Love & Sex Magazine

Turning Point

By Maggiemcneill @Maggie_McNeill

First they ignore you, then they laugh at you, then they fight you, then you win.  –  Mahatma Gandhi

NY Times magazine cover 5-8-16One of the points I cover in every basic presentation I give on sex worker rights is that criminalization is a very recent idea.  Invariably, most of the audience is surprised; having been reared in a culture soaked in anti-whore propaganda, they take it for granted that “naturally” we’ve always been persecuted, because victimization and “pimps” and disease and THE CHILDREN!  But of course, this is nonsense; though many cultures have come up with laws intended to restrict or “regulate” whoring, the idea that it was an evil which needed to be eradicated by state violence is a 19th-century one, rooted in racism and “progressive” Victorian thought about “correcting” the human race by using law to enforce a Puritanical agenda.  Prohibition of sex work sprang from the same filthy, poisonous soil as did eugenics, anti-masturbation torture devices and the prohibition of alcohol and drugs.  But while the former two ideas are widely recognized as dangerous nonsense and the latter is slowly dying, the use of armed thugs to commit pogroms against peaceful adults because authoritarians don’t like their reasons for having sex is still going strong.  That, however, cannot endure indefinitely; the internet has made it impossible to silence the voices of sex workers any longer, and study after study has concluded that we are correct when we say that criminalization is an evil which harms not only whores and our clients, but our families, friends and associates.

Furthermore, as we should have learned from the obscenity of alcohol Prohibition, the only way to stop adults from engaging in consensual behavior is to empower the cops to spy on people, violate their civil rights and destroy their lives.  Not that this actually stops the prohibited behaviors, mind you; no campaign of prohibition in history has ever worked.  But prohibitionist laws allow the state to terrorize the population and “send a message” that free thought is forbidden, and that the almighty State is the arbiter of right and wrong.  As should be obvious from the glacially-slow process of stopping the Drug War that every decent person in the world recognizes as an abject failure, modern fascist states like the US are heavily invested in the violent enforcement of arbitrary bans on peaceful, consensual behaviors.  Cronies have become fabulously wealthy via deals with prohibitionist governments, the machinery of the police state needs bodies to be fed into it, and those whose power derives from mindless obedience to nonsensical rules are not about to let go of such power without a fight.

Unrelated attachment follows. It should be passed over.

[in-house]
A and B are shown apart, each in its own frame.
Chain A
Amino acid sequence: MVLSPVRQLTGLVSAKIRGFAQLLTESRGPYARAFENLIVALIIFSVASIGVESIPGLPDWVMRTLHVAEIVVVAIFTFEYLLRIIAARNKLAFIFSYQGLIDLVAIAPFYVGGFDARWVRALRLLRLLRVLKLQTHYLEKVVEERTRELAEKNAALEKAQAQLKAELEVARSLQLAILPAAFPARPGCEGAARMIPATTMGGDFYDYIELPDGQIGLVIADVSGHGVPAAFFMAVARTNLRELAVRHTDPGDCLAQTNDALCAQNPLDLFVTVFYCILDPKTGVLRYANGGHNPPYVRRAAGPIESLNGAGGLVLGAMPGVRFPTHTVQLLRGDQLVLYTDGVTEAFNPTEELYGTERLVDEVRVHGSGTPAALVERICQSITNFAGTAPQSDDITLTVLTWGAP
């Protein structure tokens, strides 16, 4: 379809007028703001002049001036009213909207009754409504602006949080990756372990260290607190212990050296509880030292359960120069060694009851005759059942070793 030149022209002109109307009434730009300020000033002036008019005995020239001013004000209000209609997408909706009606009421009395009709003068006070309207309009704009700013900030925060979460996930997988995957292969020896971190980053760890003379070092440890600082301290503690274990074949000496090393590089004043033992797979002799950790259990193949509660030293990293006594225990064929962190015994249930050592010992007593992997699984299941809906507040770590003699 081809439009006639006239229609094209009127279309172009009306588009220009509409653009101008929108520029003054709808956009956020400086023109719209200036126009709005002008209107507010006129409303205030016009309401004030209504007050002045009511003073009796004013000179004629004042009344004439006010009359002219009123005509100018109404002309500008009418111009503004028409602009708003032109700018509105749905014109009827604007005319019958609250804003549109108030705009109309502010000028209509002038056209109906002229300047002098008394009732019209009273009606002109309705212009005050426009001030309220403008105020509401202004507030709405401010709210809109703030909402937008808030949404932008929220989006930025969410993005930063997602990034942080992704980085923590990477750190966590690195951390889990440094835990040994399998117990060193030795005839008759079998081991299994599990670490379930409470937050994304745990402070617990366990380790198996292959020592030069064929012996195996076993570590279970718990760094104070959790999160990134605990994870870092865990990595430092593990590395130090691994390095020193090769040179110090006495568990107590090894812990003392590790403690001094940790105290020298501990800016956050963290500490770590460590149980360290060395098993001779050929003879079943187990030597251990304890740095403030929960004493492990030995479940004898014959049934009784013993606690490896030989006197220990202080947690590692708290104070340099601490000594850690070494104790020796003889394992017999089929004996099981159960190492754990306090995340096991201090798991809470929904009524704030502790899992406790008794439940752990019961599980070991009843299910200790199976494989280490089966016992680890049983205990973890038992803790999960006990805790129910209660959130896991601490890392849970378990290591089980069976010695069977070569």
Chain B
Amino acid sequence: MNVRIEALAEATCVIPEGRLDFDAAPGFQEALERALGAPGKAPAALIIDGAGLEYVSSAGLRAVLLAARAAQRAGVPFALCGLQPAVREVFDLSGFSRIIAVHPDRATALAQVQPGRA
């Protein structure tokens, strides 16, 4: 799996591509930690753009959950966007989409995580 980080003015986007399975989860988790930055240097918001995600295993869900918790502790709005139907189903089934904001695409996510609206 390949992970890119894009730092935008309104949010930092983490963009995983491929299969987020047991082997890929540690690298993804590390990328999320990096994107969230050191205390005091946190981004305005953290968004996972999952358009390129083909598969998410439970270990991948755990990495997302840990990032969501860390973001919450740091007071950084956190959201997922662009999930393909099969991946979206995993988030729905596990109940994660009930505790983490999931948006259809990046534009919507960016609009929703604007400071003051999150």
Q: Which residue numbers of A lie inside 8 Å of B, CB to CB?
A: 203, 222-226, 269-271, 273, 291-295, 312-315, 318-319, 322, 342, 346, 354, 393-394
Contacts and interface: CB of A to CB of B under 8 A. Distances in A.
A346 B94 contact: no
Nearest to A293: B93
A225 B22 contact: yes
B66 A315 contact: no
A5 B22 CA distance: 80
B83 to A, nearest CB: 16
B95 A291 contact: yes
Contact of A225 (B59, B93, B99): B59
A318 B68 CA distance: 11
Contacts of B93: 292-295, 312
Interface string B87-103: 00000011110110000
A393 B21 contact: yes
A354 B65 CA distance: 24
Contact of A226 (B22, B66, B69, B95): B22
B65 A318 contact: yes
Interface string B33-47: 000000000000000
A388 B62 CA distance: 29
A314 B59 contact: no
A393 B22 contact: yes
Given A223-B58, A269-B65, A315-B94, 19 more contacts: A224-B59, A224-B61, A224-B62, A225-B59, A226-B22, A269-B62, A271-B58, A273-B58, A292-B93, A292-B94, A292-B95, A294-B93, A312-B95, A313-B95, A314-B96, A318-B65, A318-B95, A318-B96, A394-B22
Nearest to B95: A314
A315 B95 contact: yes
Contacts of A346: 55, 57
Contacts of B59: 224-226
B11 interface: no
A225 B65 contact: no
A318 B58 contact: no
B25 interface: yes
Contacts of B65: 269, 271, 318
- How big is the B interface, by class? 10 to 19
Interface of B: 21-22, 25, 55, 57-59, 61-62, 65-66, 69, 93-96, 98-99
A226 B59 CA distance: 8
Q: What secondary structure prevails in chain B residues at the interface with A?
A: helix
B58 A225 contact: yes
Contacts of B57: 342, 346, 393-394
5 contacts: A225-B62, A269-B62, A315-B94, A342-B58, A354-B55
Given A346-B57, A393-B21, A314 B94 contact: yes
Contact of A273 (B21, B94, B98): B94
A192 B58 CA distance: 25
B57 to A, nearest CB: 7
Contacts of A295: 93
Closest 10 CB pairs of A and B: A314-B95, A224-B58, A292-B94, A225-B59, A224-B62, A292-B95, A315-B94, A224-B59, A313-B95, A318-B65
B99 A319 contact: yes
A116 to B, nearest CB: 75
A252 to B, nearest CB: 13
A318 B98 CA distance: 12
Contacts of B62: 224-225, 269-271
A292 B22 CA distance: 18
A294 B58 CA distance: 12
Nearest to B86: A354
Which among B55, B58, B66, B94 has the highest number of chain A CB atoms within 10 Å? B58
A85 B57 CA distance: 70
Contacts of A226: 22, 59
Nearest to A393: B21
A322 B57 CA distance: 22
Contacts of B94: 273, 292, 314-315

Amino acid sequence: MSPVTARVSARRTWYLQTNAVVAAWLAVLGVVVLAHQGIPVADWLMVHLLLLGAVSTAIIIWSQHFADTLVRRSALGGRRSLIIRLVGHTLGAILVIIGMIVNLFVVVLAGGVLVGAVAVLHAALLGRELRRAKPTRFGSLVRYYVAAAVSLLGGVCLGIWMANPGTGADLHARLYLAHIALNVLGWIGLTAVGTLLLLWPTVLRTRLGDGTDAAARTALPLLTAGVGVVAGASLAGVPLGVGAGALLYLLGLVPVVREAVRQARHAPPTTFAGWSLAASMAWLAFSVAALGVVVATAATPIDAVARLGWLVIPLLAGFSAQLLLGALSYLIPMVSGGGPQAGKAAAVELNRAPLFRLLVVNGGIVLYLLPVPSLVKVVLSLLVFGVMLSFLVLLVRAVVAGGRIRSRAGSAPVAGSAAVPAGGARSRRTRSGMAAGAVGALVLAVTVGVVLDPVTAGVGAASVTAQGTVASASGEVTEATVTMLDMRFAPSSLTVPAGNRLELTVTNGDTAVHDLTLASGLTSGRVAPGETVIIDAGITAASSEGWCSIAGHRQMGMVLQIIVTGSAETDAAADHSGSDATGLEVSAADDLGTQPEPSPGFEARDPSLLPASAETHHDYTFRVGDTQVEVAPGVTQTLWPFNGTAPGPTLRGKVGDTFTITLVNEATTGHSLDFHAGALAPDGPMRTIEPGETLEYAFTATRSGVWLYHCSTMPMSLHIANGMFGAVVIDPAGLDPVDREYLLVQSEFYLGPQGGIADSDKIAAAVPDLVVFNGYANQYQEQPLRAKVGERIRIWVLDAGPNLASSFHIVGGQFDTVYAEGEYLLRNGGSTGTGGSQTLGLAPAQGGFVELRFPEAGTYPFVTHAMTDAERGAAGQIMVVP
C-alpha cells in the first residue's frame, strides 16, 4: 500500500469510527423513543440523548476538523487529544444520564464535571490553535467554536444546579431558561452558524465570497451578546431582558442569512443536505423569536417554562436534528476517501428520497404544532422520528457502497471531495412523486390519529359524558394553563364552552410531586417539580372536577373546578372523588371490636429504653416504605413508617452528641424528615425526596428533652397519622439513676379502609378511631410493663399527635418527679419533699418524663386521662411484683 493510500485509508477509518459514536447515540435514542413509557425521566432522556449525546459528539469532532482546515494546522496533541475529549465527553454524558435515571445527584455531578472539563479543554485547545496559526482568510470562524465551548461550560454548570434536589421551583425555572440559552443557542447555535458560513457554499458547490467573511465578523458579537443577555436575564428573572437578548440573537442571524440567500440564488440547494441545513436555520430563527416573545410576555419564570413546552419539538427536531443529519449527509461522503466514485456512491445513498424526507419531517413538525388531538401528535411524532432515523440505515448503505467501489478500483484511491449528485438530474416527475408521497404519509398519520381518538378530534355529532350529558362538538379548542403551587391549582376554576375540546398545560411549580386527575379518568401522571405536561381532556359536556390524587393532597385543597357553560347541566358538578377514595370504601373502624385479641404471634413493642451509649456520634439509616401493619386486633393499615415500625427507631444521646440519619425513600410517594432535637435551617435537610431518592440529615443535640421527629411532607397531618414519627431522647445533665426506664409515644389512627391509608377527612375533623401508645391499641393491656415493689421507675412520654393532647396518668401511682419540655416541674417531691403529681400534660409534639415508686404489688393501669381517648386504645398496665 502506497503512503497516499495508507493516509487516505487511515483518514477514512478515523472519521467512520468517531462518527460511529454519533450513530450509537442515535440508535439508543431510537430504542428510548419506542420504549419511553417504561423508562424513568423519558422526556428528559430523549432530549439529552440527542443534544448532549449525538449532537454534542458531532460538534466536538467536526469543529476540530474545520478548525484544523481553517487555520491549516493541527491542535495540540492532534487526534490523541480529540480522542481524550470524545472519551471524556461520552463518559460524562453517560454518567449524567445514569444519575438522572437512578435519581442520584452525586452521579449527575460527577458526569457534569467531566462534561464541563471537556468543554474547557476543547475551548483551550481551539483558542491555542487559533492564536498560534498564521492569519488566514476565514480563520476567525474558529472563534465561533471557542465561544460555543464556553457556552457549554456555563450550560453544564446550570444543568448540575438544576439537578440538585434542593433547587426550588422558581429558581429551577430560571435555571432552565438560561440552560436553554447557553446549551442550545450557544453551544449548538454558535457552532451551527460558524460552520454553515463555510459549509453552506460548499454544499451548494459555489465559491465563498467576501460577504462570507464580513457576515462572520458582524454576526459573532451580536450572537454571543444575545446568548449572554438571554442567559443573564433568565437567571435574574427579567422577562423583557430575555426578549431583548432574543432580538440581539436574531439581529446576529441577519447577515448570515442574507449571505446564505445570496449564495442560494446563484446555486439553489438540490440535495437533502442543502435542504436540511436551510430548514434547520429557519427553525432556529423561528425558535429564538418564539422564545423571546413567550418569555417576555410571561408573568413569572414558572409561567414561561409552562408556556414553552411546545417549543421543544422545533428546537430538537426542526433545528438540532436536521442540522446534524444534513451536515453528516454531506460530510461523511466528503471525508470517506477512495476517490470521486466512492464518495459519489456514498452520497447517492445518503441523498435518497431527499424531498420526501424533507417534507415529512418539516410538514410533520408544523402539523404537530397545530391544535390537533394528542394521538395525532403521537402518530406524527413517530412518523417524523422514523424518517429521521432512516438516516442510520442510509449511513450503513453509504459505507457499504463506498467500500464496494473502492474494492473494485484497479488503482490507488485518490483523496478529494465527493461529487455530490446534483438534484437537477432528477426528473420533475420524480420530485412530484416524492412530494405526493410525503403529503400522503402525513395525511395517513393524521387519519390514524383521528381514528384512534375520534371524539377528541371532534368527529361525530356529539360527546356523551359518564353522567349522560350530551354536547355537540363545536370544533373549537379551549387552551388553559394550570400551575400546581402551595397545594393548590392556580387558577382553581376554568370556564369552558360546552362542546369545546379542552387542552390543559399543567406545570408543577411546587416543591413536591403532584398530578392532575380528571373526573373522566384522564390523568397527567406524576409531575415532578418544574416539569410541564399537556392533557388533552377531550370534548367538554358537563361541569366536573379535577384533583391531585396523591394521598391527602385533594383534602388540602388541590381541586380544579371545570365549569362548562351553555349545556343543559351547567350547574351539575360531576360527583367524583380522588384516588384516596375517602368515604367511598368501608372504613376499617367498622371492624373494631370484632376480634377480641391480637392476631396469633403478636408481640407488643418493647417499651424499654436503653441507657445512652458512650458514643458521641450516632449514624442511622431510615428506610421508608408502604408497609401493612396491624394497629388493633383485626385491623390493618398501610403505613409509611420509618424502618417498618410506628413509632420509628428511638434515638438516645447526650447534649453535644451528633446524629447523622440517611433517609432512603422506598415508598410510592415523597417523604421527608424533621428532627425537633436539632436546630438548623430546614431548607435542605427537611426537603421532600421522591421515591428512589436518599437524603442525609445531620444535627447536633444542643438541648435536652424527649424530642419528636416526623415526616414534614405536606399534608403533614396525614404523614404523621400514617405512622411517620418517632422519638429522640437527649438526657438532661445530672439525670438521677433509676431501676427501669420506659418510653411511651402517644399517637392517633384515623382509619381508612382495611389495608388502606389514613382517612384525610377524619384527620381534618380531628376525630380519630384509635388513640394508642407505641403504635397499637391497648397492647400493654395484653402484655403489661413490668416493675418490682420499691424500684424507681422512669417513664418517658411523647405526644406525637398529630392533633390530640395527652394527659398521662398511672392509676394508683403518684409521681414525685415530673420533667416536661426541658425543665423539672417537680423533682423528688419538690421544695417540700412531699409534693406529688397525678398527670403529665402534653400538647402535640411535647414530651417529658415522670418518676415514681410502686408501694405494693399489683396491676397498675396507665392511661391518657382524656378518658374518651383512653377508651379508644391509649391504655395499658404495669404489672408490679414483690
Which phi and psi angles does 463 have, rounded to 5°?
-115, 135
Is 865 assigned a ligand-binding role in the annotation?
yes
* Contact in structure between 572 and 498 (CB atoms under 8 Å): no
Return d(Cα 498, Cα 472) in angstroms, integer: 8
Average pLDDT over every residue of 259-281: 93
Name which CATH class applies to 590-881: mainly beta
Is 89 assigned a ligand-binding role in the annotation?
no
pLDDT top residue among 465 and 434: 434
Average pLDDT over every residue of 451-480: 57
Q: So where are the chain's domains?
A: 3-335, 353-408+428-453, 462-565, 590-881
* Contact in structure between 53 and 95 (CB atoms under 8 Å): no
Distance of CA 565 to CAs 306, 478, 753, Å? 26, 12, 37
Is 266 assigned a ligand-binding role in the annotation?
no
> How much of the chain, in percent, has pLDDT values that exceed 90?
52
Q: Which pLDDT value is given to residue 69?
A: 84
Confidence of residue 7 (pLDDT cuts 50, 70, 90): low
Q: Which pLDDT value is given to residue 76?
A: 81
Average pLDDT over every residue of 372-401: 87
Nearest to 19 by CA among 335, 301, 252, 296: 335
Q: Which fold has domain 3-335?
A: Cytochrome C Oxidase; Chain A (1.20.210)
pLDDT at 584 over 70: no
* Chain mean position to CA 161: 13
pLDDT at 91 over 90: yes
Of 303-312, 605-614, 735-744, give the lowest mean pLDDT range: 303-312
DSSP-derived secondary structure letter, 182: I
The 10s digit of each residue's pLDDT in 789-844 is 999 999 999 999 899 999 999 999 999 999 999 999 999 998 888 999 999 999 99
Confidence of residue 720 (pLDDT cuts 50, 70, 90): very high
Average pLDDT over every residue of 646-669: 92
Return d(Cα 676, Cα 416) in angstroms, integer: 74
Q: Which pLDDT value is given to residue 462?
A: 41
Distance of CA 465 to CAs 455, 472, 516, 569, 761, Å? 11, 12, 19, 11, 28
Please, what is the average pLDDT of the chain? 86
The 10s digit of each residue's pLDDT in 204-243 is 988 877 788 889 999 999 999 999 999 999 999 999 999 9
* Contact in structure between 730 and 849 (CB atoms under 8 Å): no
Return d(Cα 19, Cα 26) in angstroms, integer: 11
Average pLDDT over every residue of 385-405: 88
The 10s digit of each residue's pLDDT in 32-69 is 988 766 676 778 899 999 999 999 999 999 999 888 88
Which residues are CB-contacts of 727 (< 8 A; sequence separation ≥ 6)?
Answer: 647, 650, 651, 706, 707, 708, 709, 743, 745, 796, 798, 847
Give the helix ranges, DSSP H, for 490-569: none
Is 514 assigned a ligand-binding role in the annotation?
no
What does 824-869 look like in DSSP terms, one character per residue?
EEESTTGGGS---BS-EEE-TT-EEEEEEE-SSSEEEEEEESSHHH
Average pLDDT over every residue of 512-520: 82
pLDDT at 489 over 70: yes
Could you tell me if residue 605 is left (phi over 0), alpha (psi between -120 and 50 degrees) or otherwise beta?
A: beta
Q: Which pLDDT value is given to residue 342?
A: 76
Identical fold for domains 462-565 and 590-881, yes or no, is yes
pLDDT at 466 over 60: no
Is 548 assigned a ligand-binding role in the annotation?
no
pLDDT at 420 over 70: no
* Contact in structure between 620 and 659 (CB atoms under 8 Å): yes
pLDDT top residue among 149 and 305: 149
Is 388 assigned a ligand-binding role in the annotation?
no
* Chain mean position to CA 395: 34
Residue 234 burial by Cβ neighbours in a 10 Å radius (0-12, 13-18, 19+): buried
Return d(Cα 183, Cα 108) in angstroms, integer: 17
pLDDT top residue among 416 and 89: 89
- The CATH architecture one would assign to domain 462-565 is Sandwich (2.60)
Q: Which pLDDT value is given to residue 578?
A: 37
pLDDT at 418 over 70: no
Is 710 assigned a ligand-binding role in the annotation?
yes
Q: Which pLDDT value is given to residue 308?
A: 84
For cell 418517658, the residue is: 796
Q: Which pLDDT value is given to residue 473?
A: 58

But if history teaches us anything, it’s that respect for individual human rights is increasing; the majority of people no longer feel morally comfortable with the subjugation of minorities and the violent suppression of private behavior.  That’s why over a decade ago prohibitionists changed over to the “sex trafficking” paradigm, and why their rhetoric largely consists of the repetition of tragedy porn and the assertion of the ridiculous idea that every sex worker who speaks in public is lying, and that there is some invisible multitude of “victims” out there who will be magically helped by taking away their income and subjugating them to the control of gangs of violent rapists.  The problem with this sort of strategy is that it can’t be sustained forever; moral panics die, and the scales fall from people’s eyes, and both individuals and institutions wake up to the truth.  A few years ago the wind started to shift in favor of sex workers’ rights again; many more individuals began to question criminalization, and then last year we passed the watershed moment when Amnesty International officially espoused decriminalization as a policy, and the federal government’s ill-considered raid on Rentboy brought Gay, Inc grudgingly over to our side.  Make no mistake, the prohibitionists are terrified; they feel their grip on the narrative slipping, and they know they will lose it just as they lost other fights against the principles of self-ownership and sexual self-determination.  If you read some of the prohibitionist reaction to last week’s New York Times Magazine piece, you can practically smell that fear.  They’re losing, and they know it.  They’re going to double down on their efforts, and the number of pogroms will increase in order to “teach us our place”.  And that just means we need to hold the course all the more.


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